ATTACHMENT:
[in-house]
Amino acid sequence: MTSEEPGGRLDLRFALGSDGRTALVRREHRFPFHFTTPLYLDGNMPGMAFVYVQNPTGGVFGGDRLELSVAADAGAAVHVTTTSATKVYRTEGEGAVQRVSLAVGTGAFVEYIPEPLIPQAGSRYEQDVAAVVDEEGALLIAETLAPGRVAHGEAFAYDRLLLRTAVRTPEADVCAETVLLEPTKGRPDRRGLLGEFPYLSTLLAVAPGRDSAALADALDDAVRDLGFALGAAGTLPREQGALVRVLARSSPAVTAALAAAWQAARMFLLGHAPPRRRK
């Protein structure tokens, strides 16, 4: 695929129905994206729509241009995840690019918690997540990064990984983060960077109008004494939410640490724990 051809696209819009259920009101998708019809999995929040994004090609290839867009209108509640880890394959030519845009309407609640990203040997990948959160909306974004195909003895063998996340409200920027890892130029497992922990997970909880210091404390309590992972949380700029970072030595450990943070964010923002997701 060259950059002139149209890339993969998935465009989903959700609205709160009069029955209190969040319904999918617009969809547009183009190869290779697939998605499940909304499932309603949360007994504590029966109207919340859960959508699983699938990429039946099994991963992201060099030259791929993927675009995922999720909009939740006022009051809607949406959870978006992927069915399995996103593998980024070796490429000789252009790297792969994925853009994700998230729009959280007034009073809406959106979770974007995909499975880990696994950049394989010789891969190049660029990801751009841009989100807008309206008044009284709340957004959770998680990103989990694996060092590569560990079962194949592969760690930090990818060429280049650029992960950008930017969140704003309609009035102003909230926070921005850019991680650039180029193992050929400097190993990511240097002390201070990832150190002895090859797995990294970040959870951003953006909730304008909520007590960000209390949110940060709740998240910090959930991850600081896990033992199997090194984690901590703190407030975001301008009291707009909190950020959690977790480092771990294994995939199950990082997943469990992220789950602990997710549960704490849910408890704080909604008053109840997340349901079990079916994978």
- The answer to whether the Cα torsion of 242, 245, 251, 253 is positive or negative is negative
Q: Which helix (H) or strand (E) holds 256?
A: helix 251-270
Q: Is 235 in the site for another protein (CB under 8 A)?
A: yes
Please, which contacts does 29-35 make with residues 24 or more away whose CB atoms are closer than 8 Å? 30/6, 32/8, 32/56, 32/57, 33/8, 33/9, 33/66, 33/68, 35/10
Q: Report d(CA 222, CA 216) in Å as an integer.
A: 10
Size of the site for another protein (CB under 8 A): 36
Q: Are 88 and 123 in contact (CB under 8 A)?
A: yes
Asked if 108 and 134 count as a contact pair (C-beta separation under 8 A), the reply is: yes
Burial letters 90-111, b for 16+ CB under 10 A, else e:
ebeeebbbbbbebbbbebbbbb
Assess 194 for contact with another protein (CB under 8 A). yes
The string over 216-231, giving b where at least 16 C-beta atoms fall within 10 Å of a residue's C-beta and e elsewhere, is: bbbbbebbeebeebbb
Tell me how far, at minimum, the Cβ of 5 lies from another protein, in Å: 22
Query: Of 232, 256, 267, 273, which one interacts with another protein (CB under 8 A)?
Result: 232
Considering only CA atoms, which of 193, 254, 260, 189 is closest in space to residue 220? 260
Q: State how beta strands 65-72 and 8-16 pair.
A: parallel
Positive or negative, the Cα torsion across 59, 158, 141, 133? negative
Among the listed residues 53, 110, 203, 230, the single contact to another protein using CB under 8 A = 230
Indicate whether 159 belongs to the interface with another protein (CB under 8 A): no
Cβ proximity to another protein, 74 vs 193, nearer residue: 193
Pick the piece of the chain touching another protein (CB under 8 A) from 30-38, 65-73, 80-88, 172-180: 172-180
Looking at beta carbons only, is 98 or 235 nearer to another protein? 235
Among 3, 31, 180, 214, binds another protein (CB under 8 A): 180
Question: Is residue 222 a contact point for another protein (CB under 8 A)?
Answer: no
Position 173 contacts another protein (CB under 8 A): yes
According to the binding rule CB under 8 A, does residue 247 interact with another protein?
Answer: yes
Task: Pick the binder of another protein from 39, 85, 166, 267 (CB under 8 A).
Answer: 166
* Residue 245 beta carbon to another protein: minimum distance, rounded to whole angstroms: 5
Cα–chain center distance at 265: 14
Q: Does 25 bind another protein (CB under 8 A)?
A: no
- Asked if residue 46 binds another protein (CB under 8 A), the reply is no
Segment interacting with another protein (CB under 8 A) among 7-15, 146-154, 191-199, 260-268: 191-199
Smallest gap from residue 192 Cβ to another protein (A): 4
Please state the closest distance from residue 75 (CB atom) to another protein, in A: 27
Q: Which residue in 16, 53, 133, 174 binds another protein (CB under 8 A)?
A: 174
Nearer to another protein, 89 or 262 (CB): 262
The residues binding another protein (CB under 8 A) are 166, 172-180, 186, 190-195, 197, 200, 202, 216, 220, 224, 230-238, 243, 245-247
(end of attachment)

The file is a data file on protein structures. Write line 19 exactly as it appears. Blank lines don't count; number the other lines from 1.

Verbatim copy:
The string over 216-231, giving b where at least 16 C-beta atoms fall within 10 Å of a residue's C-beta and e elsewhere, is: bbbbbebbeebeebbb